What Does MS Pain Feel Like?

What Does MS Pain Feel Like?

What Does MS Pain Feel Like Exactly?

Last Monday morning, I awoke to gripping shocks of pain raging through both of my legs. My eyes flew open, completely blurry in a dazed, ferocious stupor of agony. My leg muscles felt as if they were ripping themselves apart. I tried to move my feet under the covers. That slight motion caused my toes to feel like they had literally curled under, around themselves. I looked down through uncontrollable screams and tears, pulling the covers back as I did. My toes were indeed, curled under themselves.

My feet were also contorted, bent outward, reaching up toward my ankles. Remember the Wicked Witch of the West’s sister? The one Dorothy’s house dropped on at the beginning of the Wizard of Oz? Her legs coiled up, feet first until they disappeared. Those were my legs.

I didn’t know before that moment that my limbs could do what they were doing. The searing pain flipped me off from any sense of space or time. I was in La-La land and not the fun kind. I had no idea what to do to help myself.

What MS Pain Feels Like

Alone in the house, hearing myself scream and cry out, I realized how vulnerable I was in my current state. I had no way to get out of bed, aside from rolling off and hitting the floor, two feet below. Meanwhile, every single move I made led to another violent twisting and tightening of sinew. In an even stranger insult to the injury I was then receiving, the skin on my legs started to suck in and contort around my calf muscles. There was no reference to this in my head, no point of reason. I felt as if I’d go insane with pain.

My thoughts were choppy and disconnected. I thought again about dropping to the floor. I could get to my phone. If I got to my phone, I could call an ambulance. What on earth would ambulance techs be able to do? Nothing I supposed. Not really. Besides, by the time I get to the ER, wait three hours to see someone and be charged hundreds of dollars, the pain could subside.

It’s not like I don’t know what the cause is here. Oh, I know the cause. We all do. Wait, do I? This is a brain thing, it’s not physical, not really, right? Wait, is it physically my legs creating this torture or is my brain doing this?

In the middle of my freak-out for a good reason, I was also shorting myself of air. I was gasping, losing control of my breath as I was losing control of my thoughts. Then I recognized this and recalled my old bouts with exercise-induced asthma, and I had learned how not to exacerbate these attacks back when I was a runner. I knew that ramping up with any kind of upset would lead to increased heart rate, hyperventilation or worse.  Ok, ok, so work with this I thought. Breathe; let the pain flow, release the tension by relaxing the entire body. Let my legs relax.

Big mistake. Easing into the pain led to more ripples of pain and contortions of toes and calf muscles all over again. Relaxing into the situation knotted me up even more. Holy cow this was a conundrum. What the hell do I do? Nothing like this had ever been addressed in the happy smiling face, So You Have MS manual.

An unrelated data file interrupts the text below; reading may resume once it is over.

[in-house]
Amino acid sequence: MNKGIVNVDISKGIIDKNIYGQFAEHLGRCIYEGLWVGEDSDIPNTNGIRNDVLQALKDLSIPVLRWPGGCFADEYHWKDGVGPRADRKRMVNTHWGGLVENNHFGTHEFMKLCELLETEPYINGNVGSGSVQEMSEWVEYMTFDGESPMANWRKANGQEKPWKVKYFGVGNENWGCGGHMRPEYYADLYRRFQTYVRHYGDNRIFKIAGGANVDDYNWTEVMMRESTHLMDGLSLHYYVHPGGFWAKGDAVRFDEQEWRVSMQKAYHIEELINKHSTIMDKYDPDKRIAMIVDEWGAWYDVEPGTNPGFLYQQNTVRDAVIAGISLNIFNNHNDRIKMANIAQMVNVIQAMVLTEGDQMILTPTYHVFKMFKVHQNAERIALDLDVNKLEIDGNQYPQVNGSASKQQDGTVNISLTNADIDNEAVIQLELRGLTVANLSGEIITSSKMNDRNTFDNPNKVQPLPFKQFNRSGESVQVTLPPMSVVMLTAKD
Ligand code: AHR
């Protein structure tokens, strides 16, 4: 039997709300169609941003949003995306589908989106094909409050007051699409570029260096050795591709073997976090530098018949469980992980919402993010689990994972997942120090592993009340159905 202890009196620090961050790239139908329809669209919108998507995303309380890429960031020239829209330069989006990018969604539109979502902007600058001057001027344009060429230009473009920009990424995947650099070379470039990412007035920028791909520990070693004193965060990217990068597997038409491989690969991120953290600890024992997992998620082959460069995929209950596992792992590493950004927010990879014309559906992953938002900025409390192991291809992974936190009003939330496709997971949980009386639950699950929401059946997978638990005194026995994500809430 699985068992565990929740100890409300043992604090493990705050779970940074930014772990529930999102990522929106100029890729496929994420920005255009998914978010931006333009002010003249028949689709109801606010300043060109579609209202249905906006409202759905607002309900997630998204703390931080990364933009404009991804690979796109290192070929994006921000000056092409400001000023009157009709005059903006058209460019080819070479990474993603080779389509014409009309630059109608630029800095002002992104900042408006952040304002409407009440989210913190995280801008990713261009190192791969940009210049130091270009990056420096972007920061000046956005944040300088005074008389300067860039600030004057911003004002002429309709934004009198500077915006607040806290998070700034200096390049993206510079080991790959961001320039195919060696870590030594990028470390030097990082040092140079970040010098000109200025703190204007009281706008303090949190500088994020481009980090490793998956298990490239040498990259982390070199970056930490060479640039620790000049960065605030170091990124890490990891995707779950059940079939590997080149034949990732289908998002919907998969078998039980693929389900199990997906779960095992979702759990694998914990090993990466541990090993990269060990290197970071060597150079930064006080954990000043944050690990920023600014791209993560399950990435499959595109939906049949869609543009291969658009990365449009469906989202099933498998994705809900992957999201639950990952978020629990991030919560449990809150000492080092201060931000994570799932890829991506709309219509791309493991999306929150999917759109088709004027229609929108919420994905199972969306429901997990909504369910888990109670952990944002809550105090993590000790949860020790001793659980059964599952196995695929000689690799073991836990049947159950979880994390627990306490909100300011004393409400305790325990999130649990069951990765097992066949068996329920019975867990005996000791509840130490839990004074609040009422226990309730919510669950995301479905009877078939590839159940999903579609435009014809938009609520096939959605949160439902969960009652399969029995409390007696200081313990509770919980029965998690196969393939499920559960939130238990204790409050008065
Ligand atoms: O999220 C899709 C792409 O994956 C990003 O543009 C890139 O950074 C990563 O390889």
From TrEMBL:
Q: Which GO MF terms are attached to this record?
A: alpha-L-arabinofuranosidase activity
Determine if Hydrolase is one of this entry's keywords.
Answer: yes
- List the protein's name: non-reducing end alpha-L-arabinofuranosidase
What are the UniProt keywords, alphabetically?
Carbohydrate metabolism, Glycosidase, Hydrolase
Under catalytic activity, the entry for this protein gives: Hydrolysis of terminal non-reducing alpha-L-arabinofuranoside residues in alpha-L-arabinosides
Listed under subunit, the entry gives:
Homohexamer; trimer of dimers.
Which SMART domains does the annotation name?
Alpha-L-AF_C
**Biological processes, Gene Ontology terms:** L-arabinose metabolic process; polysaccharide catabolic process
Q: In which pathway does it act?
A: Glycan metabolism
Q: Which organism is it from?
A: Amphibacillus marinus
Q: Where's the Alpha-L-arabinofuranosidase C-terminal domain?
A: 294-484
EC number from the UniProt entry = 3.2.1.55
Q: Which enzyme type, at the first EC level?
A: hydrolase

Time went by – Maybe an hour, maybe two – or more. I was exhausted, afraid to move even a millimeter and had no idea where to go in my mind. I had hit a milestone of gnarliness. All I could think to do was to apply a light touch and be patient with the whole process. I wondered if this were indeed an actual new process I’d have to endure from now on.

Over time, the pain began to release its death grip on my legs. I attempted to put my feet on the ground. My legs replied with a stern order. They said, “Absolutely not.” A bit later, I placed my feet carefully back on the floor and again gave them some weight. My left leg collapsed under the test. My right leg offered support but not much.

I got to the bathroom with a great deal of help from my furniture and a very narrow hallway. This was not an elegant display of poise and grace, but it did the job at least. All I wanted was to get back to my bed. I felt I had chanced fate enough for a time.

After two days of hobbling, I could again feel most of what was going on below my knees. Wow, what a weird feeling though. My calves were a sandwich of unbelievably exhausted muscle wrapped in a blanket of numbed out, Novocain injected blubber.

This cramping in my legs had happened before, just not nearly to this extent and not both at once. Cramping in my legs had also been happening more and more often lately. I chalked it off to vitamin deficiency or a bit of dehydration perhaps. This now, this was a whole other volume on intensity.

I wondered, is this spasticity? I read that thirty to eighty percent of MSers deal with spasticity, involuntary muscle spasms. Then I realized from experiencing this whole new level of pain that it is time to get back to my neurologist.

Pain Is a Part of MS

These are the things we go through as MSers. We go to bed feeling just fine, and we sometimes wake up in indescribable hell. There is no rhyme or reason to any of it. At least we know, someone out there has experienced something similar. We are not alone. We will find ways to cope and methods to alleviate as much as we can.

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by Erica Wilson on May 22, 2018